Egyptian Pro-Democracy Protests Aided by Social Media


The world watches in amazement as one Arab country after the other rises in revolt against the undemocratic despots that have ruled them for decades. The region-wide unrest began in the form of street demonstrations in Tunisia. The demonstrations and rioting began over issues like corruption, unemployment and free speech and led to the resignation of President Zine El Abidine Ben Ali; a man who had ruled Tunisia with an iron fist for the last three decades.

The success of the now-called “Jasmine Revolution” in Tunisia has prompted a similar movement in Egypt. Hundreds of thousands of Egyptians have taken to the streets of Cairo and other major Egyptian cities asking President Hosni Mubarak to resign immediately. The street protests have been continuing for six weeks now and show no signs of cooling down.

What has surprised international observers the most is the successful use of social media websites like Facebook and Twitter to organize protests and attract more sympathizers. The effectiveness of these websites can be gauged by the fact that there is a photograph of an Egyptian protester reading “Thank You Facebook” which is being distributed via e-mail and blogs all over the world.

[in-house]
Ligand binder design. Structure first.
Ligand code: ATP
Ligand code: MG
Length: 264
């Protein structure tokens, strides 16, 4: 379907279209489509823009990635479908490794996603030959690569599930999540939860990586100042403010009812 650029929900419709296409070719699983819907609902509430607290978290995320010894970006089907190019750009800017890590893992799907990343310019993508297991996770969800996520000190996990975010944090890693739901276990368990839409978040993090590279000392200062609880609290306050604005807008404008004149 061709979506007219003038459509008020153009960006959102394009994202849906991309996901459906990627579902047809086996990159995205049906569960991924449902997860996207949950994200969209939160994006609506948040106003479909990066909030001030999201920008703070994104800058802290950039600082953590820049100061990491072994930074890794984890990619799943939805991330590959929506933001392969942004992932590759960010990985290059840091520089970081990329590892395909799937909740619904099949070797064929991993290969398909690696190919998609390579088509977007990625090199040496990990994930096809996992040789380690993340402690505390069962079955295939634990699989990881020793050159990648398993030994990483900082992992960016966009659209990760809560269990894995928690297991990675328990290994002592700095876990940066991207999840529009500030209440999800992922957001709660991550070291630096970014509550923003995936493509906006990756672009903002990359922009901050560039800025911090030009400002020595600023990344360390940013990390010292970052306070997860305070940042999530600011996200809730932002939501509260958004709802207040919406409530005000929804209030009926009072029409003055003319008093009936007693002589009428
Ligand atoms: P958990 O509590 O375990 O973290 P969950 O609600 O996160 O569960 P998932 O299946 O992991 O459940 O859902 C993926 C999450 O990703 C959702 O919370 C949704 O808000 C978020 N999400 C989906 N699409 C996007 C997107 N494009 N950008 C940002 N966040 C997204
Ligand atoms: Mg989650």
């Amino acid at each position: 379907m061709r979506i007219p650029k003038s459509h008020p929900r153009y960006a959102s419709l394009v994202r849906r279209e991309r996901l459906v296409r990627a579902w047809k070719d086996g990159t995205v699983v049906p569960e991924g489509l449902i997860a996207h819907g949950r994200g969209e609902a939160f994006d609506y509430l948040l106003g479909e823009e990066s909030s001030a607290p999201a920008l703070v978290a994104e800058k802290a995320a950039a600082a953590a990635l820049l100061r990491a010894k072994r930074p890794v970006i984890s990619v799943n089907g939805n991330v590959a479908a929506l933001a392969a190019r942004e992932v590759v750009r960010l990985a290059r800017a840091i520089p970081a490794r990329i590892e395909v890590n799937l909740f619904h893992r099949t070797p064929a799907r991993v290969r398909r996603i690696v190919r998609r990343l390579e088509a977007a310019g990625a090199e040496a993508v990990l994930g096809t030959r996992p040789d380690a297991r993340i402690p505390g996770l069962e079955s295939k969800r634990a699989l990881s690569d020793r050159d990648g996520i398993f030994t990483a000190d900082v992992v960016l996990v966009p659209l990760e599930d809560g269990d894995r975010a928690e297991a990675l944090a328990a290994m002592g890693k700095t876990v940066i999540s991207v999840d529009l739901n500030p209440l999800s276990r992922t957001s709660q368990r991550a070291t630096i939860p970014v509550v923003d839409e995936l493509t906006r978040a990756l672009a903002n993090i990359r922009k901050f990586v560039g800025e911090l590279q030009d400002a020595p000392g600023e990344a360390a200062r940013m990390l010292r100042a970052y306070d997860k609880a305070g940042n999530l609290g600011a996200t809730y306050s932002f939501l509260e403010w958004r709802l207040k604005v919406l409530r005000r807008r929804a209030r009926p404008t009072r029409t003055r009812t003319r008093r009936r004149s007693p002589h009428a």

The use of social media websites in the mid-east/west Asia started with the controversial elections in Iran last year. Iranian moderates and pro-democracy activists used Twitter to campaign against the Iranian government. Unfortunately Iran and most other middle-eastern countries have little or no freedom of speech and the governments regularly censor the internet and block “un-friendly” websites and services.

Egypt is no different. Even as the protests catch on; the Egyptian government has banned all social media websites, shut off mobile networks and banned SMSes to quell the rebellion. On their part, Egyptians have improvised by using dial-up phone modems, satellite connections and other short cuts to access social media websites. A Twitter application named which converts phone messages left by people into tweets has also been exceedingly used by Egyptians.

Even as Egyptians march for an end to repression and dictatorship, the world has just been introduced to the massive political power of social media.

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